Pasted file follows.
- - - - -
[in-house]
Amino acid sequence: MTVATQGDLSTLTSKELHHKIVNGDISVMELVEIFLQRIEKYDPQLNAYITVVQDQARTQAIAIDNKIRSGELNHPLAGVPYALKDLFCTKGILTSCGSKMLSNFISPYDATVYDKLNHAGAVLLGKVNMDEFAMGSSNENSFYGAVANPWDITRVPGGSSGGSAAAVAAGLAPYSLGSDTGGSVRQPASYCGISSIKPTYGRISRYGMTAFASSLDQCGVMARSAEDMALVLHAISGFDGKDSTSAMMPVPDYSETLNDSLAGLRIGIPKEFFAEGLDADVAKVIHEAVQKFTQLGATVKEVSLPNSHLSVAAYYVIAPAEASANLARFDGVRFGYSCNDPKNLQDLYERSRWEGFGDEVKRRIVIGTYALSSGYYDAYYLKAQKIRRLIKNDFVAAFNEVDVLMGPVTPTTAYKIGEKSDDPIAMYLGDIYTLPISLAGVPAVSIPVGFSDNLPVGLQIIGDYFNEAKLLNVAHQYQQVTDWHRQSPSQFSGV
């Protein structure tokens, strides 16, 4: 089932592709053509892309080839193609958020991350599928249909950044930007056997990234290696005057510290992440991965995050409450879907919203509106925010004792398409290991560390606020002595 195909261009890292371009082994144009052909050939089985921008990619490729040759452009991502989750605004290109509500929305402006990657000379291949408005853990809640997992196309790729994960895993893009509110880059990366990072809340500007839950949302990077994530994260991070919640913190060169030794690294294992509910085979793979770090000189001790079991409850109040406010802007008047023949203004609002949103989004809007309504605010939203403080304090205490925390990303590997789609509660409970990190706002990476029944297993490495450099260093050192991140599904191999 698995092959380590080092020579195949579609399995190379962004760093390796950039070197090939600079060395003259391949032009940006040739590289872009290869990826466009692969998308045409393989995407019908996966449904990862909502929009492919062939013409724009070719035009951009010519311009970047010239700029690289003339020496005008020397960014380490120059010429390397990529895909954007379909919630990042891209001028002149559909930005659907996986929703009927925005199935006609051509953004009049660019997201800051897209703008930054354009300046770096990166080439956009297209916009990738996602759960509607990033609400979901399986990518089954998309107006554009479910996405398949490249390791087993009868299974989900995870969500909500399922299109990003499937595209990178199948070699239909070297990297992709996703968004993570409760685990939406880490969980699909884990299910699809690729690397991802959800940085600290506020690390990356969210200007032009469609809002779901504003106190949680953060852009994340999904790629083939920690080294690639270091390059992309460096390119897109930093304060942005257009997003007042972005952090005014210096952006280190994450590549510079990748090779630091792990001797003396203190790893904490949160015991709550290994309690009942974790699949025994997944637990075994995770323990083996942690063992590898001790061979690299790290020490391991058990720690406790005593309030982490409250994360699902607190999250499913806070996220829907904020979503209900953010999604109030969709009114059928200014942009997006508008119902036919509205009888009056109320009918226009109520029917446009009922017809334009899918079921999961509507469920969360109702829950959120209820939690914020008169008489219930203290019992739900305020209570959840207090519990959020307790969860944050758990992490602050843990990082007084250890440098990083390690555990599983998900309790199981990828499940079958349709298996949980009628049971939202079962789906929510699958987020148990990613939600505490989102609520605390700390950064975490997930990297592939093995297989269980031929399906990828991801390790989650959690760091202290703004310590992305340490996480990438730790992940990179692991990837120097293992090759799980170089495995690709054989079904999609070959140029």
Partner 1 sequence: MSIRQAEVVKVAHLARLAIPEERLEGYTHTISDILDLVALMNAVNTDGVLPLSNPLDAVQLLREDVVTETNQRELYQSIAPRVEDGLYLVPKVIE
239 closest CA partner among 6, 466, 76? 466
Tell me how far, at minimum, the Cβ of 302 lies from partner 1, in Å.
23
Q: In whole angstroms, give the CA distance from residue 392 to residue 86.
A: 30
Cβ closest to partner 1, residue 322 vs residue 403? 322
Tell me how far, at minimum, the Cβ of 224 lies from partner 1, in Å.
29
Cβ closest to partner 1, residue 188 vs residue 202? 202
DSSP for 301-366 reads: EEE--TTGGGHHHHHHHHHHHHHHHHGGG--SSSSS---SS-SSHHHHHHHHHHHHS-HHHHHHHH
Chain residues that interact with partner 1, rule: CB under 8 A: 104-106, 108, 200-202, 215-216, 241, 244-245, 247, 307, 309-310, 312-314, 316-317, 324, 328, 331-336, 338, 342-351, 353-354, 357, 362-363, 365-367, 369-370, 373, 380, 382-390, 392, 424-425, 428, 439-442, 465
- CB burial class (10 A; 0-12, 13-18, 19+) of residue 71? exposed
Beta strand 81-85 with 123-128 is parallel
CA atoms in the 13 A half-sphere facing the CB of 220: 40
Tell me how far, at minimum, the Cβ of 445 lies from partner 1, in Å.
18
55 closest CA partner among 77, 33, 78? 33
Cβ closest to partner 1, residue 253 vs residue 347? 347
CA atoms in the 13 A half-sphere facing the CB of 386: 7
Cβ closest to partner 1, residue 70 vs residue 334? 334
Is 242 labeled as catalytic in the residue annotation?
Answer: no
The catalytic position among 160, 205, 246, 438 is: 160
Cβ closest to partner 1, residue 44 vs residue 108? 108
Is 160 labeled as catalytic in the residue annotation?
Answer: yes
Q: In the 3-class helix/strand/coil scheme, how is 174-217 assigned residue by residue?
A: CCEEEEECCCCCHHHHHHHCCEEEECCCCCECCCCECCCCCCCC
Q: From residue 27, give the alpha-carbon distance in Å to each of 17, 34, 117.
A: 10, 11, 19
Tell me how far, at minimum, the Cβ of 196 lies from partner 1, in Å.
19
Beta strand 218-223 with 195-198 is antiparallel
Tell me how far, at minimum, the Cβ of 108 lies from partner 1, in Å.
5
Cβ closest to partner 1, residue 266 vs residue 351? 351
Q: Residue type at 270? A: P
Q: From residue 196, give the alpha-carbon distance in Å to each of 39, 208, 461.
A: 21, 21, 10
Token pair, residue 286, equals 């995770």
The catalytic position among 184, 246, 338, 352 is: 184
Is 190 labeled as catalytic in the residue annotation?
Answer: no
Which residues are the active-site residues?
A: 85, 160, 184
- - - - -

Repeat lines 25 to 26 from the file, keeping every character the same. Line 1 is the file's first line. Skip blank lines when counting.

Is 242 labeled as catalytic in the residue annotation?
Answer: no